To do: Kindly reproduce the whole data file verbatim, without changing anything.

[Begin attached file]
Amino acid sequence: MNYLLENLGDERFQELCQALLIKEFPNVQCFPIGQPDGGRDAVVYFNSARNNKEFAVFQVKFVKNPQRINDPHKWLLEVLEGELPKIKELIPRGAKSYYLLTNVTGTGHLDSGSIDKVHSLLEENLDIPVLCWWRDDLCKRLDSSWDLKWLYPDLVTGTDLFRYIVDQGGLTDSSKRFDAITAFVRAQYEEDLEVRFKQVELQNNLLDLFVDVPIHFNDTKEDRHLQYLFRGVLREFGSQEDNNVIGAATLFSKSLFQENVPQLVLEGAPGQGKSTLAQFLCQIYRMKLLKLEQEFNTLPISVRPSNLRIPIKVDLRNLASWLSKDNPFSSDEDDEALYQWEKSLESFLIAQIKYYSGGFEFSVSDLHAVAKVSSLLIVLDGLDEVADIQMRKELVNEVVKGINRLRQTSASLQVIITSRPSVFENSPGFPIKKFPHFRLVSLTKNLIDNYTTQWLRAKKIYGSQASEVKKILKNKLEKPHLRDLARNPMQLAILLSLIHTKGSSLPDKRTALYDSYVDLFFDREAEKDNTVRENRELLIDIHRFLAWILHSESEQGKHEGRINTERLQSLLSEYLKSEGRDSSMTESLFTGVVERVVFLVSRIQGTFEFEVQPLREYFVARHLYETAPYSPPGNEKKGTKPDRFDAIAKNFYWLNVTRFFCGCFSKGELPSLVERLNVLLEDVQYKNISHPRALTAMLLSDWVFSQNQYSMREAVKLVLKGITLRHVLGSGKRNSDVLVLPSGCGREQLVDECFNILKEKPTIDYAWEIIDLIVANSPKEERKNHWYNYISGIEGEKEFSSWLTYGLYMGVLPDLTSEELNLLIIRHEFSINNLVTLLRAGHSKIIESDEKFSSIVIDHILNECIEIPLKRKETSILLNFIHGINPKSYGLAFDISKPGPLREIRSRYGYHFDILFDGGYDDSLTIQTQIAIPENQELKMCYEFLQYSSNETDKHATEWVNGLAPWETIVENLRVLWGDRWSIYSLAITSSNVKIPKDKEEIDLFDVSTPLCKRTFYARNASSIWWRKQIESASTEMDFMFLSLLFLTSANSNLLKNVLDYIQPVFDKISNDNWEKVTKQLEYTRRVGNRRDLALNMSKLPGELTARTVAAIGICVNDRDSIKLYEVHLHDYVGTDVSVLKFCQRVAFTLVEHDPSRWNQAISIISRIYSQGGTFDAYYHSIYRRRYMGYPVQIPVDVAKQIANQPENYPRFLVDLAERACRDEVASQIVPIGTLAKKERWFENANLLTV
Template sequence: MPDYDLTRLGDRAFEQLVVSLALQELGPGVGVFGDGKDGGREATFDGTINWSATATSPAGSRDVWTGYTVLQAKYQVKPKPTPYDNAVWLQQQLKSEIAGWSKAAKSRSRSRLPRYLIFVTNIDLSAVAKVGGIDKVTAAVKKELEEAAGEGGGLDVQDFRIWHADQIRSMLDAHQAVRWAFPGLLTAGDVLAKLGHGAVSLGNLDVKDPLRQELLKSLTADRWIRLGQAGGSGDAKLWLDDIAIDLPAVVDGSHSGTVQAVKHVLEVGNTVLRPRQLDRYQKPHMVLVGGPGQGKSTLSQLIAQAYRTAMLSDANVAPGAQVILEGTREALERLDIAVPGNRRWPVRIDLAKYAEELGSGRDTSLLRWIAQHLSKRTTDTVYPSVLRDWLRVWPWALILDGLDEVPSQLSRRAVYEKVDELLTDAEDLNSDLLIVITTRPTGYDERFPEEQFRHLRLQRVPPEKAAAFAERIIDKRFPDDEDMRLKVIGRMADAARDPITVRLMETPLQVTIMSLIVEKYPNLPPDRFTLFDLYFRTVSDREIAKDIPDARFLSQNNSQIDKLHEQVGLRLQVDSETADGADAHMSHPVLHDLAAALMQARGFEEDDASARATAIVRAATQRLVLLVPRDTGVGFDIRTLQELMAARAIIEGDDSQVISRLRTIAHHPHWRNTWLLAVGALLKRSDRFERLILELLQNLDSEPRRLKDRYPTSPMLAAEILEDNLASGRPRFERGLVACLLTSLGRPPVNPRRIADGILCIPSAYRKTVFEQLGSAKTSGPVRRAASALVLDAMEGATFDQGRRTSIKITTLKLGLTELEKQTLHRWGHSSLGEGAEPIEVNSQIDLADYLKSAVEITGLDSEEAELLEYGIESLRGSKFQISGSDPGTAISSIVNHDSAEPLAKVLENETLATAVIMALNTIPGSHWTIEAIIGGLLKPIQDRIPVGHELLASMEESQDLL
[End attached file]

Amino acid sequence: MNYLLENLGDERFQELCQALLIKEFPNVQCFPIGQPDGGRDAVVYFNSARNNKEFAVFQVKFVKNPQRINDPHKWLLEVLEGELPKIKELIPRGAKSYYLLTNVTGTGHLDSGSIDKVHSLLEENLDIPVLCWWRDDLCKRLDSSWDLKWLYPDLVTGTDLFRYIVDQGGLTDSSKRFDAITAFVRAQYEEDLEVRFKQVELQNNLLDLFVDVPIHFNDTKEDRHLQYLFRGVLREFGSQEDNNVIGAATLFSKSLFQENVPQLVLEGAPGQGKSTLAQFLCQIYRMKLLKLEQEFNTLPISVRPSNLRIPIKVDLRNLASWLSKDNPFSSDEDDEALYQWEKSLESFLIAQIKYYSGGFEFSVSDLHAVAKVSSLLIVLDGLDEVADIQMRKELVNEVVKGINRLRQTSASLQVIITSRPSVFENSPGFPIKKFPHFRLVSLTKNLIDNYTTQWLRAKKIYGSQASEVKKILKNKLEKPHLRDLARNPMQLAILLSLIHTKGSSLPDKRTALYDSYVDLFFDREAEKDNTVRENRELLIDIHRFLAWILHSESEQGKHEGRINTERLQSLLSEYLKSEGRDSSMTESLFTGVVERVVFLVSRIQGTFEFEVQPLREYFVARHLYETAPYSPPGNEKKGTKPDRFDAIAKNFYWLNVTRFFCGCFSKGELPSLVERLNVLLEDVQYKNISHPRALTAMLLSDWVFSQNQYSMREAVKLVLKGITLRHVLGSGKRNSDVLVLPSGCGREQLVDECFNILKEKPTIDYAWEIIDLIVANSPKEERKNHWYNYISGIEGEKEFSSWLTYGLYMGVLPDLTSEELNLLIIRHEFSINNLVTLLRAGHSKIIESDEKFSSIVIDHILNECIEIPLKRKETSILLNFIHGINPKSYGLAFDISKPGPLREIRSRYGYHFDILFDGGYDDSLTIQTQIAIPENQELKMCYEFLQYSSNETDKHATEWVNGLAPWETIVENLRVLWGDRWSIYSLAITSSNVKIPKDKEEIDLFDVSTPLCKRTFYARNASSIWWRKQIESASTEMDFMFLSLLFLTSANSNLLKNVLDYIQPVFDKISNDNWEKVTKQLEYTRRVGNRRDLALNMSKLPGELTARTVAAIGICVNDRDSIKLYEVHLHDYVGTDVSVLKFCQRVAFTLVEHDPSRWNQAISIISRIYSQGGTFDAYYHSIYRRRYMGYPVQIPVDVAKQIANQPENYPRFLVDLAERACRDEVASQIVPIGTLAKKERWFENANLLTV
Template sequence: MPDYDLTRLGDRAFEQLVVSLALQELGPGVGVFGDGKDGGREATFDGTINWSATATSPAGSRDVWTGYTVLQAKYQVKPKPTPYDNAVWLQQQLKSEIAGWSKAAKSRSRSRLPRYLIFVTNIDLSAVAKVGGIDKVTAAVKKELEEAAGEGGGLDVQDFRIWHADQIRSMLDAHQAVRWAFPGLLTAGDVLAKLGHGAVSLGNLDVKDPLRQELLKSLTADRWIRLGQAGGSGDAKLWLDDIAIDLPAVVDGSHSGTVQAVKHVLEVGNTVLRPRQLDRYQKPHMVLVGGPGQGKSTLSQLIAQAYRTAMLSDANVAPGAQVILEGTREALERLDIAVPGNRRWPVRIDLAKYAEELGSGRDTSLLRWIAQHLSKRTTDTVYPSVLRDWLRVWPWALILDGLDEVPSQLSRRAVYEKVDELLTDAEDLNSDLLIVITTRPTGYDERFPEEQFRHLRLQRVPPEKAAAFAERIIDKRFPDDEDMRLKVIGRMADAARDPITVRLMETPLQVTIMSLIVEKYPNLPPDRFTLFDLYFRTVSDREIAKDIPDARFLSQNNSQIDKLHEQVGLRLQVDSETADGADAHMSHPVLHDLAAALMQARGFEEDDASARATAIVRAATQRLVLLVPRDTGVGFDIRTLQELMAARAIIEGDDSQVISRLRTIAHHPHWRNTWLLAVGALLKRSDRFERLILELLQNLDSEPRRLKDRYPTSPMLAAEILEDNLASGRPRFERGLVACLLTSLGRPPVNPRRIADGILCIPSAYRKTVFEQLGSAKTSGPVRRAASALVLDAMEGATFDQGRRTSIKITTLKLGLTELEKQTLHRWGHSSLGEGAEPIEVNSQIDLADYLKSAVEITGLDSEEAELLEYGIESLRGSKFQISGSDPGTAISSIVNHDSAEPLAKVLENETLATAVIMALNTIPGSHWTIEAIIGGLLKPIQDRIPVGHELLASMEESQDLL